Tearful Pinot abandons Tour de France due to injury


  • Cycling
  • Friday, 26 Jul 2019

FILE PHOTO: Cycling - Tour de France - The 177-km Stage 16 from Nimes to Nimes - July 23, 2019 - Groupama-FDJ rider Thibaut Pinot of France before the start. REUTERS/Gonzalo Fuentes

TIGNES, France (Reuters) - Thibaut Pinot's Tour de France challenge came to an abrupt and heartbreaking halt on Friday when the home favourite abandoned the race with a thigh injury during the 19th stage.

His Groupama-FDJ team explained that the 29-year-old, who was fifth overall and still had a genuine shot at the title, sustained the injury when he collided with another rider's handlebars while trying to avoid a pileup on Wednesday.

"We had some hope after seeing him keep up with the best yesterday but the pain was too strong today," said the team's sports director Philippe Mauduit.

"It's extremely tough, he had done everything to be a contender in this Tour."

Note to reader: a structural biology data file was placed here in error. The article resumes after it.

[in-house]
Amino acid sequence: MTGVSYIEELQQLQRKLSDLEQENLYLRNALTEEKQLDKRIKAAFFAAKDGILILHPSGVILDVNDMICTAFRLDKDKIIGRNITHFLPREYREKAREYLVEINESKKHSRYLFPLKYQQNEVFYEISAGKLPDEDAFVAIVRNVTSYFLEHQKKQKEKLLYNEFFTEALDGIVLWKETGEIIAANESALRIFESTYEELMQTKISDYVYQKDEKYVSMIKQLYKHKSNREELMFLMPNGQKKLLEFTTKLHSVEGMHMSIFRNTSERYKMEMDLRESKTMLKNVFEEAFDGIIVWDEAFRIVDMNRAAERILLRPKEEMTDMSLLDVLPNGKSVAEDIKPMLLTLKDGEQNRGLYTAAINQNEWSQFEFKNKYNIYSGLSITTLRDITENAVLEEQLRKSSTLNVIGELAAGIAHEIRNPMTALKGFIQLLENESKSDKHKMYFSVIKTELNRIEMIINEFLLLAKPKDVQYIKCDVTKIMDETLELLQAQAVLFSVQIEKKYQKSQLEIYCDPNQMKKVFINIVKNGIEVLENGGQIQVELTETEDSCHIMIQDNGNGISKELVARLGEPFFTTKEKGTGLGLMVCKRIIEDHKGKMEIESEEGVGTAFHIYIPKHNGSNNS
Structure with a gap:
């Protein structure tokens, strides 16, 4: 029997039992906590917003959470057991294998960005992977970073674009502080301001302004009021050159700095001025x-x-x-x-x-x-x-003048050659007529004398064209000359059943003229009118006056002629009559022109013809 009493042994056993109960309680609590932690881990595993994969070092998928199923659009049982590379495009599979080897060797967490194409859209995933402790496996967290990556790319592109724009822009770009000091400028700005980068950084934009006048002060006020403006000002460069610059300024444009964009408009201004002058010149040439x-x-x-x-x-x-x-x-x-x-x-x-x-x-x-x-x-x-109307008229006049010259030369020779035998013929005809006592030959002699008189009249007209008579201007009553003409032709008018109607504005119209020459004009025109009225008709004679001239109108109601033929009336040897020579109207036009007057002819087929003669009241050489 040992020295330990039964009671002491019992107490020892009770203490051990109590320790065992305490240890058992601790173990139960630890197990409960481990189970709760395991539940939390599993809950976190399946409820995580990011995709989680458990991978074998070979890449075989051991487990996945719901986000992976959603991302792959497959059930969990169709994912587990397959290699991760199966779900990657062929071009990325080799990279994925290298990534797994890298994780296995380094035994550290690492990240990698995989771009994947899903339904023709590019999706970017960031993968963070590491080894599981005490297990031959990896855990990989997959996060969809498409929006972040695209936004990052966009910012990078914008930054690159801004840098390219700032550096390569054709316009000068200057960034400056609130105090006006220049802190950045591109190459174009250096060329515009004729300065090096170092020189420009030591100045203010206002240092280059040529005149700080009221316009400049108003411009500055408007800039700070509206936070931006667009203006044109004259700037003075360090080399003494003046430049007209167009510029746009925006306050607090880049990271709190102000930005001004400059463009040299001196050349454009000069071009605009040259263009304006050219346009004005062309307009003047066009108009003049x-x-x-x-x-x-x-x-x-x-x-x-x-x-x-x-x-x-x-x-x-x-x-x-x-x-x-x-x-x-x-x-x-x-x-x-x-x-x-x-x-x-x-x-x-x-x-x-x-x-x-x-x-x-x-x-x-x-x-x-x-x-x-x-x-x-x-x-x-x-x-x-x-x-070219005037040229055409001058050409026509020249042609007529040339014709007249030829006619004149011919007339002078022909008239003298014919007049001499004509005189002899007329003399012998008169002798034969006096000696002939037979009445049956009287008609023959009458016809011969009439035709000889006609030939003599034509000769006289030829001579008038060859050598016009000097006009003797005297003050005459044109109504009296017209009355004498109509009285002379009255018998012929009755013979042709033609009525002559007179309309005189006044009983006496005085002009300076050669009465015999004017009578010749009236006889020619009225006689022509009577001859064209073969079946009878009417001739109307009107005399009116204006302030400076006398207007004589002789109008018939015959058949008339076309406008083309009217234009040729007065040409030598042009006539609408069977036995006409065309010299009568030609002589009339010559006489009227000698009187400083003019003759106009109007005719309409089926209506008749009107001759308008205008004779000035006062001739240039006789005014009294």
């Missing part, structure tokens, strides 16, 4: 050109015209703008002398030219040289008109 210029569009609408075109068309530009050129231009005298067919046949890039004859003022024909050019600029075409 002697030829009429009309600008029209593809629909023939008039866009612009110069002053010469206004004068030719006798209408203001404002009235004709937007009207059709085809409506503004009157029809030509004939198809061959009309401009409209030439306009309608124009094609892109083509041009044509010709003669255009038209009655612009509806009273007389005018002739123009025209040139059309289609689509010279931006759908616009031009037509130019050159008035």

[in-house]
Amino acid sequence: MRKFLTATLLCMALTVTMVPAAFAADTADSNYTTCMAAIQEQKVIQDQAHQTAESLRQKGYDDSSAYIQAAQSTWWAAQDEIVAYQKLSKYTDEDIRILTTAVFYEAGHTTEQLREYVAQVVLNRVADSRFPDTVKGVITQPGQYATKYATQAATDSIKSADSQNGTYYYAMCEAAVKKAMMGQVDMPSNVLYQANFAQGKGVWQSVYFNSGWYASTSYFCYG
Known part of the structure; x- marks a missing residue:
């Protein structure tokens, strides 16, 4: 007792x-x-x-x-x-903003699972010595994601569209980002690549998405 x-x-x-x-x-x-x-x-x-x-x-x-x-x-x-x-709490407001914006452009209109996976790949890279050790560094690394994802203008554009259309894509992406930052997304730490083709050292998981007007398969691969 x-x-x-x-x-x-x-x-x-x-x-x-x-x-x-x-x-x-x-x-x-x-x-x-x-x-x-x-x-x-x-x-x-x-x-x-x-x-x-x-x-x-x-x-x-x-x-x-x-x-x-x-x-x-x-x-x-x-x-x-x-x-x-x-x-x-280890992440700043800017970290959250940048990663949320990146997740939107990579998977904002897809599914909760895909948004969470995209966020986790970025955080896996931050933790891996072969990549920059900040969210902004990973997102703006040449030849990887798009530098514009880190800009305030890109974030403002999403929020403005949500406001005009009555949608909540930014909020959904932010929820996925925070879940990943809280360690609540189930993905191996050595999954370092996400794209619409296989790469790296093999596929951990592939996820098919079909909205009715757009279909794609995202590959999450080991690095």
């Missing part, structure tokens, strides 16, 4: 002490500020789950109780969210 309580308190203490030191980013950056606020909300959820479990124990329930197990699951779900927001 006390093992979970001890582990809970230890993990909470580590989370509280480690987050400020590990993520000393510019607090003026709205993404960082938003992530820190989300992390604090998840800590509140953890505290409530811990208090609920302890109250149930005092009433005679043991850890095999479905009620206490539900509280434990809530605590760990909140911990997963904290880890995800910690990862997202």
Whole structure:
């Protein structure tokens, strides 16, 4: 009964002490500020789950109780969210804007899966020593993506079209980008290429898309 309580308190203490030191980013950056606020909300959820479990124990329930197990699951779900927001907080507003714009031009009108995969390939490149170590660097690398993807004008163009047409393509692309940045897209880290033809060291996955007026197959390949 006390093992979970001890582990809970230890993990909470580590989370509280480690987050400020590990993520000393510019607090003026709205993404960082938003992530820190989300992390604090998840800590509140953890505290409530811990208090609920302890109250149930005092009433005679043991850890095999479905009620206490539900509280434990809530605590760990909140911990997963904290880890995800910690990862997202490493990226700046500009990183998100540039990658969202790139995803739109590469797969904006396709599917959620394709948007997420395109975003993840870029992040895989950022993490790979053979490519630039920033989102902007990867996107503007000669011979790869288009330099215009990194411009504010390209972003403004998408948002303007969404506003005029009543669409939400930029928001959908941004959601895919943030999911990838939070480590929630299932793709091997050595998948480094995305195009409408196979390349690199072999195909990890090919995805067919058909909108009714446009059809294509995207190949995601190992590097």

A team statement said that Pinot, who has won stages on all three grand tours and won the Giro Di Lombardia, a 'Monument' classic, last year, had sustained a 'muscular injury'.

"He had trouble walking last night after finishing the 18th stage with a sharp pain," the statement read.

Pinot climbed into his team car with 87 kilometres to go in the 126.5km mountain trek from St Jean de Maurienne.

He was fifth overall, 1:50 behind race leader Julian Alaphilippe of France, after riding impressively in the Pyrenees last week.

Pinot had his left thigh strapped by the race doctor but could not pedal properly and threw in the towel after being comforted by his team mate William Bonnet.

The 29-year-old, who was third in the 2014 Tour, was also forced to abandon the Giro d'Italia last year after cracking on the 20th stage while third overall due to a bout of pneumonia.

A stage winner in 2012, as the youngest rider in the Tour, Pinot snatched another stage win at L'Alpe d'Huez in 2015 after he had dropped out of overall contention.

He abandoned in 2016 and 2017 and did not take part in 2018. Yet he emerged as one of the top contenders this year after riding flawlessly in the opening nine days.

He lost 1:40 because of a positioning error in crosswinds but made up for the lost time with impressive attacks in the Pyrenees, winning at top of the iconic Col du Tourmalet last Saturday.

(Editing by Toby Davis)

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